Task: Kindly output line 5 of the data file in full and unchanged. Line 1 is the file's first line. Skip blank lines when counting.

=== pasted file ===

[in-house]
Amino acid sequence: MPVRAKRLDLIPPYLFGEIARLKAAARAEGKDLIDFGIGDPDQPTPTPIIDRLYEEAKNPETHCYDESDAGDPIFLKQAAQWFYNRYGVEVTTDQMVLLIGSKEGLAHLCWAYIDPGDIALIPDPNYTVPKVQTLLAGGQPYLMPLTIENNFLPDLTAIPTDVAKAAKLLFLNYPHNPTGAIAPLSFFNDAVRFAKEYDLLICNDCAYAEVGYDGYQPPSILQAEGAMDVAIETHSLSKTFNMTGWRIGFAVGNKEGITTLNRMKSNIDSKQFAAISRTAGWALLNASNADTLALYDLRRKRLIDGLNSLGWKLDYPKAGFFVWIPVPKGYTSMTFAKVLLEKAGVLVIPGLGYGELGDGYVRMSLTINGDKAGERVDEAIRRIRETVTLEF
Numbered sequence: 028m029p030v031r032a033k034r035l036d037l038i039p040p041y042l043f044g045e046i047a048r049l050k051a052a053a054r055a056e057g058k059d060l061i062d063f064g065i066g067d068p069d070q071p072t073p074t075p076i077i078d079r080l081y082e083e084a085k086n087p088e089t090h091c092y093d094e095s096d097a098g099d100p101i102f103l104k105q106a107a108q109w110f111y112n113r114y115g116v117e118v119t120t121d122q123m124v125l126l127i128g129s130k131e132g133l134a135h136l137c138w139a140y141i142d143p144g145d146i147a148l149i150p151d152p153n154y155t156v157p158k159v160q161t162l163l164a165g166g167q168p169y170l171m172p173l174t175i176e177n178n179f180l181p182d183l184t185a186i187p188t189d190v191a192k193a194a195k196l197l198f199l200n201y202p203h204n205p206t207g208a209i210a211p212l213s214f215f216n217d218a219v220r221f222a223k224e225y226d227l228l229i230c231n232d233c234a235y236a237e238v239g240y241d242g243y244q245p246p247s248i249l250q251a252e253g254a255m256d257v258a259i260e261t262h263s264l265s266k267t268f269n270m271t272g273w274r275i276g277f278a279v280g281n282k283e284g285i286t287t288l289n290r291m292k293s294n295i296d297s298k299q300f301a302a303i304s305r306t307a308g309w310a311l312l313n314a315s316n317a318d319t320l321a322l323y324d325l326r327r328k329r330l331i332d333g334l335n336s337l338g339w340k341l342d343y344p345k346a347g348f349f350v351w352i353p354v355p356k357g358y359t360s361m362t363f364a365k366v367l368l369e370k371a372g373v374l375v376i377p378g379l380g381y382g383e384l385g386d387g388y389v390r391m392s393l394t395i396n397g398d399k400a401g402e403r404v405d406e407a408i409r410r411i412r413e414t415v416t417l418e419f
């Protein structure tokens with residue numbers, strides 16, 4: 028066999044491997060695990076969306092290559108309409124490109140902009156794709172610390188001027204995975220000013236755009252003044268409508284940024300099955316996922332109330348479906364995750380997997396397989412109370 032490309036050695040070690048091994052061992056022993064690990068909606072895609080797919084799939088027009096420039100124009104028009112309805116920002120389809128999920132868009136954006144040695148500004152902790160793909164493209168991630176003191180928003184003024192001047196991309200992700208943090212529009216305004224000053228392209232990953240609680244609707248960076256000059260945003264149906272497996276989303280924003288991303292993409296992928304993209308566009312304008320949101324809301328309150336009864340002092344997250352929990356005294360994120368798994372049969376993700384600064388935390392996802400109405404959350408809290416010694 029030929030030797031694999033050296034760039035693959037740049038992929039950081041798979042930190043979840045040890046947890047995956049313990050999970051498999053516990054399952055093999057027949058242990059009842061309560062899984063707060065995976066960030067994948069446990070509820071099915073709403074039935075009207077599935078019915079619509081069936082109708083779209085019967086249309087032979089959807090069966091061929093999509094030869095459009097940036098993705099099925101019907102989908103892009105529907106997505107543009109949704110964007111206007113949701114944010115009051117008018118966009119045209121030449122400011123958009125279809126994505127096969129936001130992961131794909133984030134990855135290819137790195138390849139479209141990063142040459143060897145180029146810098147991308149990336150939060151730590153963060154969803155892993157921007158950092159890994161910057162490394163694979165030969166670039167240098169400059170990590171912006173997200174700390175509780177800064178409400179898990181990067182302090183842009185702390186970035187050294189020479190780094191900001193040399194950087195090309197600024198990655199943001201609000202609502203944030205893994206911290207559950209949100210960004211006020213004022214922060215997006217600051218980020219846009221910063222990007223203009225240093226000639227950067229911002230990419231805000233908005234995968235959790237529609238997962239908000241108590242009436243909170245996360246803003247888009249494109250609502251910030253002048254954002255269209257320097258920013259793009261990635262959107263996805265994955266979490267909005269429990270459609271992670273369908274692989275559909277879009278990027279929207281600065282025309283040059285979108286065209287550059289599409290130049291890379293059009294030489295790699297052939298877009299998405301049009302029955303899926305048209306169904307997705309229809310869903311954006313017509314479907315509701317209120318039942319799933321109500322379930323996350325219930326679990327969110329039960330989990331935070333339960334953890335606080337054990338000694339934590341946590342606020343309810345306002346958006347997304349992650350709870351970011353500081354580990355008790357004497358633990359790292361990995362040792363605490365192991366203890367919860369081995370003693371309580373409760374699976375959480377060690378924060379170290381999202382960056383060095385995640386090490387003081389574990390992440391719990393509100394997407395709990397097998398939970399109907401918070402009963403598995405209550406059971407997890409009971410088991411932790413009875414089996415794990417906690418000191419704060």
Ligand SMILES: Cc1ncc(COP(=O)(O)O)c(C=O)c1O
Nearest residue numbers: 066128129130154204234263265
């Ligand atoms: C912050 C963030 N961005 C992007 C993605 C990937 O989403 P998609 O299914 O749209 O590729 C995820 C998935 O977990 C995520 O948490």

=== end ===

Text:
Ligand SMILES: Cc1ncc(COP(=O)(O)O)c(C=O)c1O